Angels On The Highway

Twice in my life, I have seen angels. 

And on both occasions, they came directly from The Godfather to pull me out of serious jagbajantis. 

Interestingly, these angels were not in any celestial or white flowery robe as painted in our heads in the formative Sunday school days. They were also not white-skinned as depicted in my childhood’s ‘My Book of Bible Stories’. 

These angels came as a midnight Okada rider and a drunk auto mechanic, whom both showed up unexpectedly in the midst of nowhere, delivered the parcel from above, and vanished into thin air.

They also did not come to me on the street of Jerusalem nor on my way to Damascus; they came right in the chaotic city of Lagos. 


Sometimes in 2017, I had a crazy Sunday evening outing with friends, a guy, and a gurl. The hangout was supposed to be a business conversation, but it turned out a wild clubbing experience. 

It started casually at Café Neo, off Adeola Odeku in Victoria Island over cups of coffee and sausage rolls. After about 3 hours of strategy talk, we agreed to move to Lekki to open our world, and of course, a wilder ideas generation session. Myself, Damilare and Terver. 

Sailors Lounge was picked.


We settled in and Damilare started calling in his Lekki friends to join us. 

One by one, they trooped in, and we had a larger group of 6 or 7.

Alcohol set in.

And other nightclub elements.

Conversations flowed. 

Things became wilder and louder. 

It was 11 pm. 

Time to go home. 

Then I remembered I had no fuel in the car. 



I’d wanted to buy in the afternoon but was rushing to meet up the Cafe Neo meeting. 

Then Lekki happened, and it wasn’t over until 11pm. Now, let’s get some fuel.

I picked Terver and we left, with the intention of fueling along the way. 

I drove through Admiralty Way and oooops! All the gas stations had closed. 

Oh, its Sunday evening, I sighed. 


I drove on, silently praying the car would take me to Surulere and I’ll just pass the night at my Egbon’s place at Jubril Martins.

I drove on. 

With mixed feelings and anxiety.

Lekki Toll Gate. Ozumba Mbadiwe. CMS. Apogbon. 

I survived.


Then I got to Carter Bridge, and suddenly, my accelerator-pedal wasn’t responding again, and the car started slowing.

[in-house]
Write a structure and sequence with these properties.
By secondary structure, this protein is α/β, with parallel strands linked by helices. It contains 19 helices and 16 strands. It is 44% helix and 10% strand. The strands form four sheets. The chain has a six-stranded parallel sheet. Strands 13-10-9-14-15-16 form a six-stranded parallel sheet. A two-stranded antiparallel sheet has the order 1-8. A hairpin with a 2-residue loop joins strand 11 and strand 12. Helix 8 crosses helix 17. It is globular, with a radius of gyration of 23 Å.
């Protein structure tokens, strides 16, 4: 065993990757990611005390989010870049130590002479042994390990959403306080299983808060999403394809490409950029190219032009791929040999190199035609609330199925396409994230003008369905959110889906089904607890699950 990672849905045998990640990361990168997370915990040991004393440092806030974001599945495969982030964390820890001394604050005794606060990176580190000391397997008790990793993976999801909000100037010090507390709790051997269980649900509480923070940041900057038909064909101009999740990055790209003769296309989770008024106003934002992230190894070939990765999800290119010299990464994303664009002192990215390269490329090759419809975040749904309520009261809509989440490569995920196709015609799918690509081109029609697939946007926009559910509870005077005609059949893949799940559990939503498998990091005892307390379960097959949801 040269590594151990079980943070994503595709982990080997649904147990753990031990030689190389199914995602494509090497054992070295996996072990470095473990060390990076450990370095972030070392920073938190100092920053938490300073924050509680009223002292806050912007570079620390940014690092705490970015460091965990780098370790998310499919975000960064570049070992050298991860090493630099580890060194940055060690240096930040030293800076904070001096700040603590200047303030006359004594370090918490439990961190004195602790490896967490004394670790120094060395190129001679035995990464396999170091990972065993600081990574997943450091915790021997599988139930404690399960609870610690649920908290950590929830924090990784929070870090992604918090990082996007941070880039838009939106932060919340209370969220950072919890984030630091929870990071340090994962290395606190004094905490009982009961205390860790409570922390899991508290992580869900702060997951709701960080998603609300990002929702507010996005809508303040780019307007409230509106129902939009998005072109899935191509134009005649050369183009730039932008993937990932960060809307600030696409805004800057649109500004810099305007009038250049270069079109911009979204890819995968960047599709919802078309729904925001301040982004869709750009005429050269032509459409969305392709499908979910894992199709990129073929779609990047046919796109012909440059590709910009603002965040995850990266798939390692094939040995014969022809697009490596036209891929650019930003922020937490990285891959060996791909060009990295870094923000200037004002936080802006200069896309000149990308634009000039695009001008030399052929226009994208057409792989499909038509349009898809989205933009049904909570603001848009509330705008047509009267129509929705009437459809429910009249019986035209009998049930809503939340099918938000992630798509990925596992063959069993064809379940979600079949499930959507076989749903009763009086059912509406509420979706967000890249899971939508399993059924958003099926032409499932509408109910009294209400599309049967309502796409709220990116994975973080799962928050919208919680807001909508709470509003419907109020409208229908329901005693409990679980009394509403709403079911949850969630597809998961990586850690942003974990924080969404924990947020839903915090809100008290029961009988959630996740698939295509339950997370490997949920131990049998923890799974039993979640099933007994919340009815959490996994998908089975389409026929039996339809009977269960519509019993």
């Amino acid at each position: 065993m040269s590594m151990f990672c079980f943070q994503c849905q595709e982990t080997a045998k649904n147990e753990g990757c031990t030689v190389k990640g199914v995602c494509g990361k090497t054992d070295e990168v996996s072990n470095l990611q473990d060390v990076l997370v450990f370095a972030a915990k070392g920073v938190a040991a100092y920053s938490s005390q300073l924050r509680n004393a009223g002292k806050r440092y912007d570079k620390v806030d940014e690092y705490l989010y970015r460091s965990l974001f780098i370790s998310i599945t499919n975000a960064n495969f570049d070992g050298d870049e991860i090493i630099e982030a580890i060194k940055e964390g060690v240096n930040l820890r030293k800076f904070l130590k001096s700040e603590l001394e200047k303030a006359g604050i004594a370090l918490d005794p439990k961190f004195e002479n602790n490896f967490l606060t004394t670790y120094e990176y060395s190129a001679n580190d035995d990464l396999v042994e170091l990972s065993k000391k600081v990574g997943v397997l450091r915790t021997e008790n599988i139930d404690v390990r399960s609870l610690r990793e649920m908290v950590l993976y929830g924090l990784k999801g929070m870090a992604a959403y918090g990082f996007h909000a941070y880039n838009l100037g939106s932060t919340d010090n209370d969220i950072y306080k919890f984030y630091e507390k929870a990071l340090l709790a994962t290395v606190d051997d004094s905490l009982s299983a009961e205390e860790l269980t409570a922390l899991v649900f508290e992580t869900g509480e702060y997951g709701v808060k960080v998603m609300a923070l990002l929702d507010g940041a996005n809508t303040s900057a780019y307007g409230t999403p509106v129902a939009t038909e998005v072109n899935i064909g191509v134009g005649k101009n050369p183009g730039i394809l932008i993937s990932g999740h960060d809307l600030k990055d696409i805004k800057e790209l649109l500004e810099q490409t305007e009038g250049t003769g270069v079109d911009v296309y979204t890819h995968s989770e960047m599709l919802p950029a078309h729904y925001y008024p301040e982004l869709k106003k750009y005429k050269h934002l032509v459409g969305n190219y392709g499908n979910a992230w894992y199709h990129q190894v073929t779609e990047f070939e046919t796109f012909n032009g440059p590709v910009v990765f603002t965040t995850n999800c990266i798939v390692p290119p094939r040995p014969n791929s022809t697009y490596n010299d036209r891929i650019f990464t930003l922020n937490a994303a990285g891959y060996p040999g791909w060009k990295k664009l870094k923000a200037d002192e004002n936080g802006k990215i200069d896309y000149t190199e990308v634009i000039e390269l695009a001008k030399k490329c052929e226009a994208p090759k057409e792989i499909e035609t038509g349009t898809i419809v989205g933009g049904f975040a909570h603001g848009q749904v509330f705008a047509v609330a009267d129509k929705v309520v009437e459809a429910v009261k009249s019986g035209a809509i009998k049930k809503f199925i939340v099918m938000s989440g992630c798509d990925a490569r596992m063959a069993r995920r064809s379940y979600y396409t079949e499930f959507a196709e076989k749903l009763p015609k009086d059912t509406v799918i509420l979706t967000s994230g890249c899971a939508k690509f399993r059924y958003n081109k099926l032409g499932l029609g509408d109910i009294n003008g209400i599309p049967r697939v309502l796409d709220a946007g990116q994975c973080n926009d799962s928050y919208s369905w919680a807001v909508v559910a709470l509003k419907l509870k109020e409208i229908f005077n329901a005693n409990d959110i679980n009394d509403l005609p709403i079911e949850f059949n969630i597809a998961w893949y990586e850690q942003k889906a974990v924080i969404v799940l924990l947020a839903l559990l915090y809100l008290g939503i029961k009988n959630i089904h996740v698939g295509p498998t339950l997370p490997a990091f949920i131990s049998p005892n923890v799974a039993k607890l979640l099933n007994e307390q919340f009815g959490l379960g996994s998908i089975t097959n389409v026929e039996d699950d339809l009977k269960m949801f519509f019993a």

I knew it had started. 

The beginning of the end. 

I explained the situation to Terver and she froze. 

Of course, it was past 11pm and Carter Bridge was a dangerous place to be at that period of the night.

I put on the hazard light and moved to the parking lane, as the car kept going slowly and slowly.

Then it stopped!

Terver was livid with fear, and visibly panted. She pulled out her cellphone and ordered Uber ride. I was insanely scared too but I never showed it. 


Carter Bridge is an area controlled by the Isale Eko boys and I knew what they are capable of. Our phones, laptops and the car is at their mercy. That is if they don’t even take our heads.

I came out of the car and started flagging cars. Of course, nobody stopped. I wouldn’t if I were to be in their shoes. 


Tick. Tock. Tick. Tock.

The clock was ticking.

And gradually dragging us into midnight.

Cars kept passing. 

None waited.


Shortly, a ragtag Okada man came and parked by the car. After some explanations, he offered to get some fuel for us. I didn’t have cash on me so he offered to use his personal money. 

10 minutes later, my Okada man was back, with a 10-litter petrol. 

I leapt for joy and hugged him. 

Terver’s Uber had come and she left. 

So I poured this fuel, ignited the car and it roared back to life! 

Its Toyota men! 

No long thing!

I told the Okada to ride in front of me until we get to Ojuelegba where I would use ATM to reimburse him. So we rode together, me behind him. We passed through National Stadium, Barracks and got to Ojuelegba. 


It was few minutes to midnight, and Ojuelegba was still pulsing at that nocturnal hour. I told my Okada to turn into Lawanson Road so I could use any of the many ATMs on that lane. 

We got to a UBA ATM opposite Ayilara Street (I think) and stopped, Okada still in front of me. I looked away to pick my ATM card from a compartment and by the time I looked up few seconds later, Okada was nowhere to be found. 


I stepped out of the car and started looking around. No sight of him. I asked few people around me and nobody noticed him. I parked the car and leaned on the body for about 10 minutes, Okada man was nowhere to be found. 

My Okada man had vanished. 

I waited for another 10 minutes and there was no sight of him. 

So I left amidst guilt and mixed feelings.


Few days later, I was meditating over that incident and a Word dropped into my heart. 

‘He sent from above, He took me, He drew me out of many waters’.

Then I understood that I just had an encounter with an angel!


Share This

Oliver Thief will mean different things to different people.  

Steal It is stupid, awkward, and junky, probably due to the years of thinking…

Get our Stories ‘as e dey hot’
into your email

Related Stories


The Wind Of Change

The harmattan blew strongly on me as I bent, with my pants pulled down, ‘poo-pooing’


Dele Omo Agunloye

Seeing Dele’s campaign poster came back with a lot of nostalgic memoirs. I mused deeply

Steal It is stupid, awkward, and junky, probably due to the years of thinking…

Steal It is stupid, awkward, and junky, probably due to the years of thinking…

Get Our Stories ‘As E Dey Hot’ Into Your Email